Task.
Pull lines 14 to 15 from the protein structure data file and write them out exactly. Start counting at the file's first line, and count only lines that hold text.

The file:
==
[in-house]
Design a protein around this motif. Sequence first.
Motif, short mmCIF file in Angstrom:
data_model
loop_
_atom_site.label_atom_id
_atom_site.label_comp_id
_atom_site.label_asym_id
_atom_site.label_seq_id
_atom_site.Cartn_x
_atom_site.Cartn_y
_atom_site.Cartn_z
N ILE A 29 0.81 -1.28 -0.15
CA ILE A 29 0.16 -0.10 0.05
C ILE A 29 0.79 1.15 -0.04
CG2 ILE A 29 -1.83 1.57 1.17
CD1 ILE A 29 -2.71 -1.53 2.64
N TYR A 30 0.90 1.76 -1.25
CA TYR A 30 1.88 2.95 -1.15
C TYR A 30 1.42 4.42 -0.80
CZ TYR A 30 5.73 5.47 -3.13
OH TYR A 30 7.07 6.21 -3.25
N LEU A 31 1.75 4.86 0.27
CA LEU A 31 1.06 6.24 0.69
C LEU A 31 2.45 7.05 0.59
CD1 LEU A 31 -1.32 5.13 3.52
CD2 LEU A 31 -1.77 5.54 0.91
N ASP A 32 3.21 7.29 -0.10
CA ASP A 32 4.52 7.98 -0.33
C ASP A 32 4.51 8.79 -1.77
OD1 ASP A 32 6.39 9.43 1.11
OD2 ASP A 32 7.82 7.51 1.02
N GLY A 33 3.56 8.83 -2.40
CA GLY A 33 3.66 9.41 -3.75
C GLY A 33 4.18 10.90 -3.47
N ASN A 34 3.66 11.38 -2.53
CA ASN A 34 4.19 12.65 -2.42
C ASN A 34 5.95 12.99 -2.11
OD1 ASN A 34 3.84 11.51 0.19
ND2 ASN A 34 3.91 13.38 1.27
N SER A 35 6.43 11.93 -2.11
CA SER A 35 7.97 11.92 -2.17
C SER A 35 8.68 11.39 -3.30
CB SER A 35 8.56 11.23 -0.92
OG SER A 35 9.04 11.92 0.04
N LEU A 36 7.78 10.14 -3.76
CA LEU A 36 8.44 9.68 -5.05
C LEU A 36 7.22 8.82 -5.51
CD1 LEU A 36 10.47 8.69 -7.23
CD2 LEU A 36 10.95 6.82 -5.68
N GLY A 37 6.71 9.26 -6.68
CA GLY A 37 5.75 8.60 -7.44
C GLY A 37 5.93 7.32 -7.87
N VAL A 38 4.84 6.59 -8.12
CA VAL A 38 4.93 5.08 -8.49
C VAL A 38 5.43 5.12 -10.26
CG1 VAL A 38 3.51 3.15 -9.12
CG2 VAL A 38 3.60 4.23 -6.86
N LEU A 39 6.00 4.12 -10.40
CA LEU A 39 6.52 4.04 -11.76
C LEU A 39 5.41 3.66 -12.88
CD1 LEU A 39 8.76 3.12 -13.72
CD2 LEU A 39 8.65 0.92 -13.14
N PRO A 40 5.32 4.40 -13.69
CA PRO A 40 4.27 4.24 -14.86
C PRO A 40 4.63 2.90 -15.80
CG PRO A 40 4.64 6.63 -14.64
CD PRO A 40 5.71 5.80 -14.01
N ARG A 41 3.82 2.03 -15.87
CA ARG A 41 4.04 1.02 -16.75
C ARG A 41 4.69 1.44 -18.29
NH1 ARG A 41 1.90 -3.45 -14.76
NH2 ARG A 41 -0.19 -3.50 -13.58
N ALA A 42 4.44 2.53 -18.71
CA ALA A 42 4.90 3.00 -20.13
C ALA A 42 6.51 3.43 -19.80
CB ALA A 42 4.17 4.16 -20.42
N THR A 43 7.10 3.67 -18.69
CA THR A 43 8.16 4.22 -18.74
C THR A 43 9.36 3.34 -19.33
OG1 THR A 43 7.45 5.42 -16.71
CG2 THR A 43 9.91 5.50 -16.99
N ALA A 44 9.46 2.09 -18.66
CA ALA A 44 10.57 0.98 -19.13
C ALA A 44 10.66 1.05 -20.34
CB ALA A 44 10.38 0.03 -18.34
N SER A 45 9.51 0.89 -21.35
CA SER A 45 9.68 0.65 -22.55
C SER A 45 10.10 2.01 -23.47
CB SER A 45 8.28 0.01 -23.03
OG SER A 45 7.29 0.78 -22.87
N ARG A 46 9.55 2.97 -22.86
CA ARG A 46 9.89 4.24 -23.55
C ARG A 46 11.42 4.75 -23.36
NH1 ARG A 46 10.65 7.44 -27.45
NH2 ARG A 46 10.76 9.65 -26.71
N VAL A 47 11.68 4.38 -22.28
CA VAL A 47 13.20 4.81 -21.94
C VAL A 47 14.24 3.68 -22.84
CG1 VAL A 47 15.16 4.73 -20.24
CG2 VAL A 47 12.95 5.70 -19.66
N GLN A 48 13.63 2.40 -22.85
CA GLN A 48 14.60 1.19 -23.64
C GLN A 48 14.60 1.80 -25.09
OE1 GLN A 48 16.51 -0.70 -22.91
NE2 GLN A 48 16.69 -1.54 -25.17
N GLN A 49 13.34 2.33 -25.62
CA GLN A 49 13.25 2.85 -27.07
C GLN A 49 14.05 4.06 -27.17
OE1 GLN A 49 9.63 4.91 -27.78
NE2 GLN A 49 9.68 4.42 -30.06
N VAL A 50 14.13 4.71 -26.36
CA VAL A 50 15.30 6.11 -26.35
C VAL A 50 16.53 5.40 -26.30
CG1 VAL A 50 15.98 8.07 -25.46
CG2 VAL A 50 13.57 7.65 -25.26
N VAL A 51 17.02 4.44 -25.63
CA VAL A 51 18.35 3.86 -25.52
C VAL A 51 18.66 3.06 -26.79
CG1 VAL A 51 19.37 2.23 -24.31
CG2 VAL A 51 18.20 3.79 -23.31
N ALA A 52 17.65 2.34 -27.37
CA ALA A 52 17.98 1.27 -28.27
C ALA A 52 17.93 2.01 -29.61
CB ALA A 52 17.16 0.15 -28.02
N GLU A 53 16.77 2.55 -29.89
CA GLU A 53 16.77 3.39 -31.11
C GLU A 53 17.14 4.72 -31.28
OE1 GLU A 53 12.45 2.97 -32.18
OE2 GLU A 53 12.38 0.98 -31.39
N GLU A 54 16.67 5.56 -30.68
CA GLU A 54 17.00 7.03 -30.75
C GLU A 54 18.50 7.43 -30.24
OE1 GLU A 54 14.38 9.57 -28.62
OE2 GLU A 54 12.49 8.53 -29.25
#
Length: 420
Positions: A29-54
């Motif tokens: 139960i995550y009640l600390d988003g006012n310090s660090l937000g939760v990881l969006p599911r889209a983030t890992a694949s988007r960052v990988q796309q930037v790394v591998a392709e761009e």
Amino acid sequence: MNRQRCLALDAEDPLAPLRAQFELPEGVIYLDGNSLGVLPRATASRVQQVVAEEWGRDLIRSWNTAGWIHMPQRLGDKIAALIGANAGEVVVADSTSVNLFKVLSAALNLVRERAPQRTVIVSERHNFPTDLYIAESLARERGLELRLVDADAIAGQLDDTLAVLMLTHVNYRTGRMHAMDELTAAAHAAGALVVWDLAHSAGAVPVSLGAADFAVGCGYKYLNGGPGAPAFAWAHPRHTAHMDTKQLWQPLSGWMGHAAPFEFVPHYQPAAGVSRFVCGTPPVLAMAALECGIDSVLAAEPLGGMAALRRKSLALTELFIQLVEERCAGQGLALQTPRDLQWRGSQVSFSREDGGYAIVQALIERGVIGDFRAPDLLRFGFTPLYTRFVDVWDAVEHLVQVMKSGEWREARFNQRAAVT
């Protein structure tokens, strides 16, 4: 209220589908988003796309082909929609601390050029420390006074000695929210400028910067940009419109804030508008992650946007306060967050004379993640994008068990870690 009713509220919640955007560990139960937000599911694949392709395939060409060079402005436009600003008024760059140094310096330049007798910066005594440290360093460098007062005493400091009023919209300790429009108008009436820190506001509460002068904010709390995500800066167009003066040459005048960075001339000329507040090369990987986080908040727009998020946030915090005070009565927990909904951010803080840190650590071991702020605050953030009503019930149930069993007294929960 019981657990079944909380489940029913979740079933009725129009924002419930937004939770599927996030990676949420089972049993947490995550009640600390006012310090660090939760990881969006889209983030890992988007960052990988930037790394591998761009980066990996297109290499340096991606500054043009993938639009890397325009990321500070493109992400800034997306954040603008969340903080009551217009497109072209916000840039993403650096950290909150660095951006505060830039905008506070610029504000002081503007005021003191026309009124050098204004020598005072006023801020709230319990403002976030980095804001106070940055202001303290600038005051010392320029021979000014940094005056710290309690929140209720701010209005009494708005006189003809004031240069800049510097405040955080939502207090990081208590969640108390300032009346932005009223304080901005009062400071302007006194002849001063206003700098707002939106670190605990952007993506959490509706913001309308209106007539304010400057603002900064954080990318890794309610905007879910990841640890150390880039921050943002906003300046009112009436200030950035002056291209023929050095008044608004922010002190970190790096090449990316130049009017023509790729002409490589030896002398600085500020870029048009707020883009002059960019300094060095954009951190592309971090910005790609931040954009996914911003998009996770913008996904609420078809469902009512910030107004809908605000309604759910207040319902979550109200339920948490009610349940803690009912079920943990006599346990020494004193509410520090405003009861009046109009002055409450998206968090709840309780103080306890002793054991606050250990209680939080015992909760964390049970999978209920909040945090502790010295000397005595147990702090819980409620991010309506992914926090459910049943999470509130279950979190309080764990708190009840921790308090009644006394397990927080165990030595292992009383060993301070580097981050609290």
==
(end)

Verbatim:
CA ILE A 29 0.16 -0.10 0.05
C ILE A 29 0.79 1.15 -0.04